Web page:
Hi Pearl,

Wonderful comments. You have raised a number of ideas and issues that I cannot hope to explore here in a single comment.

Where IsThe Philia Learning Community?: The first thing to say is that the Philia learning community is in its nascent stages of development. It is not something we can literally see and have a look at right now, but something we can watch emerge over time. This is perhaps why you have the feeling of "not getting it" - there isn't a lot to get at the moment. This is why you see a structure but not the "gatherings."

If you have ideas here, perhaps you can contribute them to Philia in order to help them evolve.

Dialoque and Chatautauqua: I can see the connection to chautauqua. At the same time my experiences in chautauqua revealed that while an interesting dialogue can occur, there is little formal structure designed to carry the dialogue beyond itself. In a sense, it is dialogue for the sake of dialogue. Philia is attempting to build a structure that moves dialogue into concrete practice.

The link to the Centre For Dialogue ( looks interesting. It does seem embrace the same idea of dialogue that Philia is encouraging.

Formal Appointment: I'm not entirely sure what you mean by this. I'll take a guess. The core purpose of Philia is to help reduce and eliminate barriers to full participation in society (i.e. - those that are marginalized and isolated by our own society). While talking to whoever you meet is always beneficial, I'm not sure it is enough to help resolve deeply entrenched issues and problems in any systemic way. "Formal appointment" by way of an organization such as Philia is an attempt to deal with the issue in a systematic manner. It is similar in kind to Jean Vanier's wonderful work at L'Arche (

Joyful, Jubilant Learning: 64 ways and counting: I have had a look at a few of the 64. I find the accounts interesting to read. At the same time, I have the feeling of not getting at this site as well. I see repositories of stories (and often interestng ones), yet I don't see anything beyond collection and distribution (and the web marketing of books via blogs of course).

Another aspect that makes me unconfortable about the site (although, I do need to spend more time with it) is that it has a "rose-coloured glasses" feel to it. There is nothing wrong with thoughtful optimism to be sure, but I have seen optimism used time and time again as a means to influence and sometimes coerce people - especially by consultants (I'm not saying the site is actually doing this, it's just an initial reaction of mine based on a long history of involvement with consultants).

The World Cafe: Haven't had a good look yet, but your questions to my thinking are precisely the right ones. Having a "dialogue" in an online environment is often an end unto itself - how whatever is discovered moves beyond the dialogue itself is often a mystery.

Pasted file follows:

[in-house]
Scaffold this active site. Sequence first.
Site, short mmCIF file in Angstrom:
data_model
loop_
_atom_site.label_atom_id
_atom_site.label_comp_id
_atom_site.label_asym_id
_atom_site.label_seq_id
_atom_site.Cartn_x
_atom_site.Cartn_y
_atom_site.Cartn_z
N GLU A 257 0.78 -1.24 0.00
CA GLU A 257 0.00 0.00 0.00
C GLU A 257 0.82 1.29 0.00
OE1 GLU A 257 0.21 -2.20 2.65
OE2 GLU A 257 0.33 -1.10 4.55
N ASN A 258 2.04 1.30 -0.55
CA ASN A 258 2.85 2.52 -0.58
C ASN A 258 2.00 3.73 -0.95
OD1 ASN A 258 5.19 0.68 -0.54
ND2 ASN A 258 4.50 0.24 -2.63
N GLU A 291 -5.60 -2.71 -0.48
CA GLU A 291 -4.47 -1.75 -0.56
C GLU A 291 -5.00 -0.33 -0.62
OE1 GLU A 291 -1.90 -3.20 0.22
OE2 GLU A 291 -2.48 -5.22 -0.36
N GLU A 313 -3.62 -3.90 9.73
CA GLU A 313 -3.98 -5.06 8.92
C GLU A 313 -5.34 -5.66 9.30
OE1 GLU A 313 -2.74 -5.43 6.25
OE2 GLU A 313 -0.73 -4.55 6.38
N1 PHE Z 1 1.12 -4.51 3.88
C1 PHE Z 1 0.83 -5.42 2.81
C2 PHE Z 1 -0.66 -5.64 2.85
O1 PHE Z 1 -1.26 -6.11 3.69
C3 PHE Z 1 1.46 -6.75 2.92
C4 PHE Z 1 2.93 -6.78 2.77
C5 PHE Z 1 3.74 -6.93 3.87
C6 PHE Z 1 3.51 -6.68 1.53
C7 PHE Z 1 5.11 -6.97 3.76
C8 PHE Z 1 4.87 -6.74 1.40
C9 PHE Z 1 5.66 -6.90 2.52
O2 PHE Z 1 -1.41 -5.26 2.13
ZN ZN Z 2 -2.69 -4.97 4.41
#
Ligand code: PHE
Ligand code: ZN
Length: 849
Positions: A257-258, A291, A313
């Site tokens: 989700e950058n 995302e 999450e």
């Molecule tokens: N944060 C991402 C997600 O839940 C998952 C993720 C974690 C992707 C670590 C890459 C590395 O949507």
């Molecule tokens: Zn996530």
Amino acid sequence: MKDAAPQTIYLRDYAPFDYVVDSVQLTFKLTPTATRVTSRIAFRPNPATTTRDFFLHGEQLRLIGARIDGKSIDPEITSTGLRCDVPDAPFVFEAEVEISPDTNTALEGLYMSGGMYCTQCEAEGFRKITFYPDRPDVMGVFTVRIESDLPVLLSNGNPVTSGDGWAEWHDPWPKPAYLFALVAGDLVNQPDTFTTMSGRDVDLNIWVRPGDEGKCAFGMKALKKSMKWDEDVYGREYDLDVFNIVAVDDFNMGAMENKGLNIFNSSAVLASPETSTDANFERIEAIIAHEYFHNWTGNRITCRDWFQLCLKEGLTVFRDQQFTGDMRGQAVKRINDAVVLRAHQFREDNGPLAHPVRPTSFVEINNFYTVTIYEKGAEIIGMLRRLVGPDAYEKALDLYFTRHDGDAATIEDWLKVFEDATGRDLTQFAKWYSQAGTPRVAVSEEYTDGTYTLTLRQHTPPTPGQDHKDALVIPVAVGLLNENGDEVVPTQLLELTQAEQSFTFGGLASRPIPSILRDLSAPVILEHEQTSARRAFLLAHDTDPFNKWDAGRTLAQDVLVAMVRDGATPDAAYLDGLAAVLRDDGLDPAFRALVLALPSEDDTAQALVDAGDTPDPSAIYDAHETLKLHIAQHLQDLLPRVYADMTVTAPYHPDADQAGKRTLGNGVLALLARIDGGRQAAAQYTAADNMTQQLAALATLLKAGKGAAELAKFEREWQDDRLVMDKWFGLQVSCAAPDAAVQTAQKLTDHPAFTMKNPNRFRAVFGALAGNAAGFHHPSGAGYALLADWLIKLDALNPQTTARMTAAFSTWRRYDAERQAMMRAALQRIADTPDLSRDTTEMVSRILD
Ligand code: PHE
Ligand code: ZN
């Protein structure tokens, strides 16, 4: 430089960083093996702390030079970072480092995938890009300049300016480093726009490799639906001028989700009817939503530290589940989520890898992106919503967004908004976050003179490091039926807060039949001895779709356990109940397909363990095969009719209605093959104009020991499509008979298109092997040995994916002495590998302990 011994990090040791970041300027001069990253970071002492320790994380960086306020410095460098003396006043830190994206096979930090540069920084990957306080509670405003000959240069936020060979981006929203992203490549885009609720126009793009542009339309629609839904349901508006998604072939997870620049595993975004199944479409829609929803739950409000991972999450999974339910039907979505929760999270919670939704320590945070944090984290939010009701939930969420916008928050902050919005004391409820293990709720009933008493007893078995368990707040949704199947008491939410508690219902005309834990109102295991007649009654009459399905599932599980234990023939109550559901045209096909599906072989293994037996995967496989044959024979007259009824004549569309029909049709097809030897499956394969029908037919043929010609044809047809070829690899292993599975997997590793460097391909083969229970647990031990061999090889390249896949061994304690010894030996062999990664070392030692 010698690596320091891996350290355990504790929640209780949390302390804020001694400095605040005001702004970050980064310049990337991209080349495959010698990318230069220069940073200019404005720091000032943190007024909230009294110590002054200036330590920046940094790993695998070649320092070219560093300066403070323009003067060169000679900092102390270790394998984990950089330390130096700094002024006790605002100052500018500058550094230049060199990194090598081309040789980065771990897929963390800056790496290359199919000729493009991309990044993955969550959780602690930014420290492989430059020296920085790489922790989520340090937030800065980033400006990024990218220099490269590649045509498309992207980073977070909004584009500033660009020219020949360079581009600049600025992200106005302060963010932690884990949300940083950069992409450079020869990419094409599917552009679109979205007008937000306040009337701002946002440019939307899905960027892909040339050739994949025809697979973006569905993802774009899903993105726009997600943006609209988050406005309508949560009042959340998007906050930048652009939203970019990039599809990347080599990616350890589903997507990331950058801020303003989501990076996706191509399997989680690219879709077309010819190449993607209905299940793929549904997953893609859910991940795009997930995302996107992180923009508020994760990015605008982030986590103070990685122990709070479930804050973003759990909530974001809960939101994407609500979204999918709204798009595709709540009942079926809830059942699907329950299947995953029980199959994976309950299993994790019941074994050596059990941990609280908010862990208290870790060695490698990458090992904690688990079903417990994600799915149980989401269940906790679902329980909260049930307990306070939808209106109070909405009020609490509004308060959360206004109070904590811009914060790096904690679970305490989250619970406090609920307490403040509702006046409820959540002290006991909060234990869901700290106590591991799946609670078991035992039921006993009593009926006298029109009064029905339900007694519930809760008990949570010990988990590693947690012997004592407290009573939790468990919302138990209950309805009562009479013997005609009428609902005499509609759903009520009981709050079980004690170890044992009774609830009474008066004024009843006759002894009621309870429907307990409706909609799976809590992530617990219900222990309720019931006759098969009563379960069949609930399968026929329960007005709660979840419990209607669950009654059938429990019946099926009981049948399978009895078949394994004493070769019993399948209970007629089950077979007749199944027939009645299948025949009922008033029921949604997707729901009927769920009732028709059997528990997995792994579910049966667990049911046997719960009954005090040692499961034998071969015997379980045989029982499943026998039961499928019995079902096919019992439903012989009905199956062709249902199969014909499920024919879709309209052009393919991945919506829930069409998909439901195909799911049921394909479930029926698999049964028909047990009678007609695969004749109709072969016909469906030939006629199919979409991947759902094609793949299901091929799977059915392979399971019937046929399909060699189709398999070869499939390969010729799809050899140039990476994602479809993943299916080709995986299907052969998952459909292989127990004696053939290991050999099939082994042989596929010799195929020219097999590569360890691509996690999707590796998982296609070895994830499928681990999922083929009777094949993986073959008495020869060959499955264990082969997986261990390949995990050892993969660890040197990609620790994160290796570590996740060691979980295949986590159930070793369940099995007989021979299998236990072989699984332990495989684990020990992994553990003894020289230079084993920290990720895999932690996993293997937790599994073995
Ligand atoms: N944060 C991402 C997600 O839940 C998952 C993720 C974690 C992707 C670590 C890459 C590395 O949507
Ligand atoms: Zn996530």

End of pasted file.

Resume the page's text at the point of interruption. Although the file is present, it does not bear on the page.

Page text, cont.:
Dialogue is important - but it certainly isn't enough.

It's like chautauqua right? Perhaps an answer to my own questions here.

Q. Why dialogue?

A. There are many complex problems facing our communities, workplaces and governance structures. To respond wisely to these problems requires the input of many, often diverse, voices. Dialogue approaches offer some hopeful ways to relate to one another and how we govern ourselves. We engage in dialogue because the quality of our actions will be better informed, because we care about the web of relationships among us and because our public life depends on having a standard of public discourse that enables people to express their views freely and to explore their difference fairly.
~ Simon Fraser University

Next question then. Why is a formal appointment needed rather than just talking to whoever you meet? Because in day to day life, those we need to talk to won't dialogue? Or the advantages of the way of thinking work and can bring benefit even when done unilaterally and brought out into an unsuspecting world building a tipping point effect?

You might also enjoy the collaborative effort that created the list - Joyful, Jubilant Learning: 64 ways and counting -

I've read through what you've said of Phillia and a dozen pages there but I feel I'm not "getting it".

How does it focus on destigmatizing physical or mental disability and diversity (in the thousands of ways people can be distinctive)? Is it seeking purely public education? Of difference or commonality? of legal barriers?

I see the structure but I don't think I understand concretely what the gatherings are in terms of actions, purpose, tone, actual content of subjects?

World Cafe talks about what to put on the table literally, how to arrange chairs, principles of listening and dialogue ( but no gambits, no phrases, no troubleshooting guide, no exact samples. What would a well-crafted question be for what context, for whom, to what end? Where do we go from that learning moment? What is done with the results of the dialogue? I think that's what I need to really grasp what this is all about.

Hope that's not way too many questions...